At least one of the -c or -s options must be specified. If one of them is not specified, it is assumed to be the local host.
authmethod is a specifically ordered list of keywords that is only needed if authenticated communication is wanted with recvhost. These keywords are used to describe the type of communication and authentication that should be used to contact the recvhost. If recvhost and sendhost share the same authentication methods and identities, it is possible to specify the authmethod for both recvhost and sendhost using the -A argument. An authmethod specified with the -c option will override an authmethod specified with the -A argument for communication with the recvhost.
The format for authmethod and a description of the currently available authentication methods are described with the -A argument.
-s, --sender sendhost[:port] [authmethod]
Specifies the host that will run the Iperf, Iperf3 or Nuttcp client. The :port suffix is optional and is only needed if bwctld is being run on a non-default port number. If an IPv6 address is being specified, note that the accepted format contains the sendhost portion of the specification in square brackets as: [fe80::fe9f:62d8]:4823. This ensures the port number is distinct from the address specification, and is not needed if the :port suffix is not being used.
At least one of the -c or -s options must be specified. If one of them is not specified, it is assumed to be the local.
authmethod is a specifically ordered list of keywords that is only needed if authenticated communication is wanted with sendhost. These keywords are used to describe the type of communication and authentication that should be used to contact the sendhost. If recvhost and sendhost share the same authentication methods and identities, it is possible to specify the authmethod for both recvhost and sendhost using the -A argument. An authmethod specified with the -s option will override an authmethod specified with the -A argument for communication with the sendhost.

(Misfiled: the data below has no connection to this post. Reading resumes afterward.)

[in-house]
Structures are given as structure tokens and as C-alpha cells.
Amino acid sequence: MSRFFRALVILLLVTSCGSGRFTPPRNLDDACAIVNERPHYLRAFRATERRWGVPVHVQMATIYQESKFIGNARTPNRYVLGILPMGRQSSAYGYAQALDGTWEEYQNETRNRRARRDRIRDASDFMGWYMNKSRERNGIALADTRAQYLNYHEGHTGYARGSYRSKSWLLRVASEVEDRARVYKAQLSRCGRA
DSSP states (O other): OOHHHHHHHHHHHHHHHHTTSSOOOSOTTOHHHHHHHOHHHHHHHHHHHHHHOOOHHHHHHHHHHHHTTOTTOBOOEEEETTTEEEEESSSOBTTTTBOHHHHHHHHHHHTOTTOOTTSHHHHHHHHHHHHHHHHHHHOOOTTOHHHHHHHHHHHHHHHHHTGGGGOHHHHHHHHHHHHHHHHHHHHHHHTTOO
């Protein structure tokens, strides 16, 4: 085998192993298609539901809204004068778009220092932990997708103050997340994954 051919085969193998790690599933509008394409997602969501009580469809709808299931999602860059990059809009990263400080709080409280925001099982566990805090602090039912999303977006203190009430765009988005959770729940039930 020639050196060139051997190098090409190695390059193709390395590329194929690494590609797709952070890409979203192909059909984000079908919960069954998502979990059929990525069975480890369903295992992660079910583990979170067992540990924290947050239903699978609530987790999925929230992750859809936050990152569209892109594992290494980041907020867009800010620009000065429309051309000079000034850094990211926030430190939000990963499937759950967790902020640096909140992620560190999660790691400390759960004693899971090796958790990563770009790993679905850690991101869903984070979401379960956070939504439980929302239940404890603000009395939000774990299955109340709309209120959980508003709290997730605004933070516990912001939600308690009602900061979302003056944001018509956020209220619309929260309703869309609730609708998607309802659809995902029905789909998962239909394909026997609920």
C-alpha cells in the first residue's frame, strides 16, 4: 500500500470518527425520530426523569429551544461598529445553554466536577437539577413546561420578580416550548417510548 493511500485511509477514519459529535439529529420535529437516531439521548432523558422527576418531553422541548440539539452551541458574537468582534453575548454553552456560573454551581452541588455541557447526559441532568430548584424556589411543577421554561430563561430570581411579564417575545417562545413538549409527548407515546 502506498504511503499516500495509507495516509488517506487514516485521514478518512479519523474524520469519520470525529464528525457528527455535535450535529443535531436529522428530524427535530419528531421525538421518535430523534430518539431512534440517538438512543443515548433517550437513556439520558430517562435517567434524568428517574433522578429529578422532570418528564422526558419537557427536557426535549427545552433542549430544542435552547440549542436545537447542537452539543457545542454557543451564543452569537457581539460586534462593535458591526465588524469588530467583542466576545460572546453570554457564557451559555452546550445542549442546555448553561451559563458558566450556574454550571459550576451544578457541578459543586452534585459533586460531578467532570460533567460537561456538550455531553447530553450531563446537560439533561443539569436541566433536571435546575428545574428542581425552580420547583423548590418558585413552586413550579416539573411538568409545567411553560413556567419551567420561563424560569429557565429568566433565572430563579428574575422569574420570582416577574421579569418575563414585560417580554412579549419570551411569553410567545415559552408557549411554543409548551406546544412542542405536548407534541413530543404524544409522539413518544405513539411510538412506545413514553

The format for authmethod and a description of the currently available authentication methods are described with the -A argument.
-o, --flip
By default, the sender will connect to the receiver. The --flip option causes the receiver to connect to the sender. This option is not available for all test types (e.g. for iperf tests). This is most useful if the receiver is behind a firewall.

bwctl Test Arguments:

The arguments were named to match their counterparts in Iperf as closely as possible.
-T, --tool
Specify which throughput tester to use:
iperf
iperf3
nuttcp
Default:
None. Selects a tool that the client and server have in common
-S, --tos TOS
 
Set the TOS byte in the sending packets.
Default:
None.
-D, --dscp DSCP
 
Set an RFC 2474 style DSCP value for the TOS byte in the sending packets. This can be set using a 6-bit numeric value in decimal, hex, or octal. Additionally, the following set of symbolic DSCP name constants are understood. (Example applications are taken from RFC 4594.)
Name Value Service Class Examples
NONE 000000 Standard Undifferentiated
DEFAULT
DF
CS0
CS1 001000 Low-Priority Data No BW assurance
AF11 001010 High-Throughput Data Store and forward
AF12 001100
AF13 001110
CS2 010000 OAM OAM&P
AF21 010010 Low-Latency Data Web-based ordering
AF22 010100
AF23 010110
CS3 011000 Broadcast Video TV & live events
AF31 011010 Multimedia Streaming Streaming video and audio
AF32 011100
AF33 011110
CS4 100000 Real-Time Interactive Video conf and gaming
AF41 100010 Multimedia Conferencing H.323 video conferencing
AF42 100100
AF43 100110
CS5 101000 Signaling Video conf and gaming
EF 101110 Telephony IP Telephony bearer
CS6 110000 Network Control Network routing
CS7 111000
Default:
Unset.
-b, --bandwidth bandwidth
Limit UDP send rate to bandwidth (bits/sec).
Default:
1 Mb
-i, --report_interval interval
Report interval (seconds).
Default:
unset (no intervals reported)
-l, --buffer_length len
length of read/write buffers (bytes).
Default:
8 KB TCP, 1470 bytes UDP
-O, --omit seconds
Initial period of data to omit from the final statistics. This is so that you can skip past initial conditions such as TCP Slow Start. Currently only implemented by the iperf3 tool.